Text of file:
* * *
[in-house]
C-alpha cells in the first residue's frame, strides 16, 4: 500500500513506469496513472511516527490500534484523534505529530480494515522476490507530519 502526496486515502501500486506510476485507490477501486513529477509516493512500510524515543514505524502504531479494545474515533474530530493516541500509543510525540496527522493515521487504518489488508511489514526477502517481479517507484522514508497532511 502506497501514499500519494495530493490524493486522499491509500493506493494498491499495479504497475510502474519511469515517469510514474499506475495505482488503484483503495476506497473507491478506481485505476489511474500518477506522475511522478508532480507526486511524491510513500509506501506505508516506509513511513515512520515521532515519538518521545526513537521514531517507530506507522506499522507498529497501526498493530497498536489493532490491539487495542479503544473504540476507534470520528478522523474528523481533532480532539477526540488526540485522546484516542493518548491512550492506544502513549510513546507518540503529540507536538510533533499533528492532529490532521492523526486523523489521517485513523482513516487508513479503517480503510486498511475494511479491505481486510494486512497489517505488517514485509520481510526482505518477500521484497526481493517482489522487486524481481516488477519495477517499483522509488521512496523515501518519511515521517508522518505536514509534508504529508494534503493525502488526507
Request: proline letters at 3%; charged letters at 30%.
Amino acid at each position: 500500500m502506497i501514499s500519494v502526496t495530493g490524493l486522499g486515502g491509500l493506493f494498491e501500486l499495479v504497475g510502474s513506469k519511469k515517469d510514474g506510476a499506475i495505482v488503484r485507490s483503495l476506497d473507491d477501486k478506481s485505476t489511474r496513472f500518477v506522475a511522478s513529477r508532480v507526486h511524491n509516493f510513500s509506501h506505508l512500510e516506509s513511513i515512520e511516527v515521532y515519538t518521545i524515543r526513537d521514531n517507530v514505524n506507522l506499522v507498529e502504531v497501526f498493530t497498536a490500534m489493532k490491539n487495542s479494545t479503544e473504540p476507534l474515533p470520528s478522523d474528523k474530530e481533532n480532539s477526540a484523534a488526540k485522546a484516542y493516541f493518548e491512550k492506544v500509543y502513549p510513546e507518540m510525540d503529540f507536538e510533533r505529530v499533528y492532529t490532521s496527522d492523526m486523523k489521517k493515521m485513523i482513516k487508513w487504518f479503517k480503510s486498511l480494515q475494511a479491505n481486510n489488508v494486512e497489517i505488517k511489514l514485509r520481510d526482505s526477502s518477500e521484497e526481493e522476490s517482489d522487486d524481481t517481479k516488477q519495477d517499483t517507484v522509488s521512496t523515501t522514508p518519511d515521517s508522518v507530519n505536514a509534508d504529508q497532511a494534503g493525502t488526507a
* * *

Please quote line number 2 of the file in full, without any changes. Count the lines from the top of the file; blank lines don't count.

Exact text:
C-alpha cells in the first residue's frame, strides 16, 4: 500500500513506469496513472511516527490500534484523534505529530480494515522476490507530519 502526496486515502501500486506510476485507490477501486513529477509516493512500510524515543514505524502504531479494545474515533474530530493516541500509543510525540496527522493515521487504518489488508511489514526477502517481479517507484522514508497532511 502506497501514499500519494495530493490524493486522499491509500493506493494498491499495479504497475510502474519511469515517469510514474499506475495505482488503484483503495476506497473507491478506481485505476489511474500518477506522475511522478508532480507526486511524491510513500509506501506505508516506509513511513515512520515521532515519538518521545526513537521514531517507530506507522506499522507498529497501526498493530497498536489493532490491539487495542479503544473504540476507534470520528478522523474528523481533532480532539477526540488526540485522546484516542493518548491512550492506544502513549510513546507518540503529540507536538510533533499533528492532529490532521492523526486523523489521517485513523482513516487508513479503517480503510486498511475494511479491505481486510494486512497489517505488517514485509520481510526482505518477500521484497526481493517482489522487486524481481516488477519495477517499483522509488521512496523515501518519511515521517508522518505536514509534508504529508494534503493525502488526507